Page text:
The debate that's raging in Washington over the export of liquefied natural gas, or LNG, has two very distinct sides, and it appears that President Obama is coming down clearly on one of them. On one side is a lobby of American corporations, called America's Energy Advantage, that supports the restriction of LNG export as a way of protecting American business. On the other side of the argument is the belief that restricting free trade is not only negative for the geopolitical landscape, but it also limits the ability of the United States to bring good-faith complaints against other nations that restrict the export of natural resources.
Statements from the White House suggest that Obama is in the later camp, with U.S. officials believing "that being seen to restrict exports for the benefit of domestic industry would send a terrible signal about the country's support for free trade," according to The Washington Post. The push to limit exports -- championed by Dow Chemical (NYSE: DOW ) and Alcoa (NYSE: AA ) -- faces certain legal hurdles as well, although exceptions to free trade in the case of natural resources do exist. Ultimately, the net global good may win out over the push to keep American free from dependence of foreign sources of energy.
America's Energy Advantage
The position of the lobby that wants to limit exports seems fairly straightforward on its face. The shale boom in oil and natural gas has given the U.S. a rare leg up on the global energy resource stage. Natural gas prices in the U.S. are as much as five times lower than they are in Asia. The supply glut has allowed business to upgrade to gas-burning operations -- largely a move away from the dirtier energy available from coal -- and save billions in production costs.
One of the problems with this position, however, is that natural gas is a major input for several of the productions that Dow and others manufacture. This changes the feel of the argument, because keeping input costs low is not as broadly advantageous as keeping energy costs low in general. None of this, of course, considers how natural gas companies such as Chesapeake Energy will be affected. As with most such stories, there are several layers to be considered.
Of the two arguments in favor of free trade are a legal one, and one of global public opinion. Beginning with the legal side, Article XI of the General Agreement on Tariffs and Trade disallows placing restrictions on export through either licensing or by quotas. While clear exceptions exist, some have argued that to lean on those exceptions, the U.S. would have to limit its own production of natural gas. The general view of the administration has been that allowing free trade to apportion resources is preferable to taking a protectionist attitude.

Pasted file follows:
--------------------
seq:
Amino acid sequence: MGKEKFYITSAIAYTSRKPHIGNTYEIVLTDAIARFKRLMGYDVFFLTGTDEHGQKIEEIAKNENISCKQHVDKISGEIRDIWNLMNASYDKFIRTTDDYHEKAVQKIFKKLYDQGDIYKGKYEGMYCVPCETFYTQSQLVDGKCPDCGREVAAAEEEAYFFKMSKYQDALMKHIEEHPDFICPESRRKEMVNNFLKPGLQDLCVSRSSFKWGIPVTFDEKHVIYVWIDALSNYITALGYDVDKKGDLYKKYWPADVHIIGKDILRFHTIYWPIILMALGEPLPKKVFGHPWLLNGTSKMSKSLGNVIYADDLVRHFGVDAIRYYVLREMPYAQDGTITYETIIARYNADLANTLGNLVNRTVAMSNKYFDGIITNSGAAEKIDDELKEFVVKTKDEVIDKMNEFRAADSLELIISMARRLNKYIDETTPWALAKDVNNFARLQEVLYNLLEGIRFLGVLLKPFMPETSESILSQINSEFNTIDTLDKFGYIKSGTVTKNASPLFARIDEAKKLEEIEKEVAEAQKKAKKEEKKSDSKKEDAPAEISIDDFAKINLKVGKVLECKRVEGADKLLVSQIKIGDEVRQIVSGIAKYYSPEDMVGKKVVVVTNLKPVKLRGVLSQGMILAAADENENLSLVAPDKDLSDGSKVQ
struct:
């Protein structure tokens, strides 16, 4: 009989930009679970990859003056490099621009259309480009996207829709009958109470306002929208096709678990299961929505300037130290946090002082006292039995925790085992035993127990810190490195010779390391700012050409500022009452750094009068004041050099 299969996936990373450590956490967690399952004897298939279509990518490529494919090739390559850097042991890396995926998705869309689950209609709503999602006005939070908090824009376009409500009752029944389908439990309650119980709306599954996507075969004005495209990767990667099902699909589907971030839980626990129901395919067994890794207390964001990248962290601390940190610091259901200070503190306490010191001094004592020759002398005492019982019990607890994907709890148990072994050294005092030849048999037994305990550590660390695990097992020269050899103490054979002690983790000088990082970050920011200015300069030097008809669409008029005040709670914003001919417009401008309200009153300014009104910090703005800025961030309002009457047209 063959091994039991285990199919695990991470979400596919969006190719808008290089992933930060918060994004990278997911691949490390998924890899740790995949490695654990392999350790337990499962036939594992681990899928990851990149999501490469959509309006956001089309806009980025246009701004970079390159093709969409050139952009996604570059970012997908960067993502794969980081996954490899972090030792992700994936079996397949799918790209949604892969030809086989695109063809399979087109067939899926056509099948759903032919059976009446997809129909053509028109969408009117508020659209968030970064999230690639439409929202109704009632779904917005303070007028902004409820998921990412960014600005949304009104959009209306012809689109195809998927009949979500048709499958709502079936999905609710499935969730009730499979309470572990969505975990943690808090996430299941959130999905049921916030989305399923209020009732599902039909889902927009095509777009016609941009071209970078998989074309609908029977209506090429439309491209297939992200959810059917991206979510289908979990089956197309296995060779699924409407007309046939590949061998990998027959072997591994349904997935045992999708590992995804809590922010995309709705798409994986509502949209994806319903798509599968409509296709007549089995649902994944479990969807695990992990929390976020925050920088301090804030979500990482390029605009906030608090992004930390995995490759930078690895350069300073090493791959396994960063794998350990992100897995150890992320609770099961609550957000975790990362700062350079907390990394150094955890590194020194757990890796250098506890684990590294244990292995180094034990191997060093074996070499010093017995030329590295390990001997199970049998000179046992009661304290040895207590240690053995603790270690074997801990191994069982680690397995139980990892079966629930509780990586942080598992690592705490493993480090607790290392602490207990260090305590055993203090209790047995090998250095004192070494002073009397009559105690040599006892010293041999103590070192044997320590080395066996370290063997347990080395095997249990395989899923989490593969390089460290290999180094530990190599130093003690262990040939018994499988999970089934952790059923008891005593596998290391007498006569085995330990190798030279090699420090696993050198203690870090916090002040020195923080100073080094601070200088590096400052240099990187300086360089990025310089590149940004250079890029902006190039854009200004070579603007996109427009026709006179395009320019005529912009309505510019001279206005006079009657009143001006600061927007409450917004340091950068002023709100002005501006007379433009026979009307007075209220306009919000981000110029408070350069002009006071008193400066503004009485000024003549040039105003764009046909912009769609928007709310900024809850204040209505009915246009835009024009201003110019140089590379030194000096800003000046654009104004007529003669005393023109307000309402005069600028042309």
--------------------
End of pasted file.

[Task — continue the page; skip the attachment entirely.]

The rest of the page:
The public-opinion argument looks to several cases the U.S. had brought against China for its restriction of the export of rare-earth materials. Molycorp (NYSE: MCP ) , one of the largest rare-earth companies outside China, is just getting its California-based mine online, so reliance on China has been steep. Proponents of free trade -- including Obama, apparently -- see it as disingenuous to hit China with these types of complaints while making the same types of transgressions.
A look behind the politics
While the administration's arguments are founded on solid logic, they're not necessarily in the United States' best interest. The availability of rare-earth materials is very different from the availability of natural gas at cheap prices. Equating them is an oversimplification that does not bespeak the true complexities of both issues. You must hope that the message the president is sending is but the public face and not the final word on what will happen.
In the alternative, Obama could publicly support free trade while simply allowing the ramp-up of exports to drag out over a course of years. There are limited means by which LNG can currently be exported, and approval will be required for the situation to change. The administration could choose to trumpet free trade while conducting a multi-year study to address safety concerns -- the practical version of a pocket veto.
Ultimately, this issue is critical to the future of American business and the global economy. Monitoring how things play out can give you a good look at where energy prices may head in the future. There is more to American energy independence than LNG, but it shouldn't be overlooked.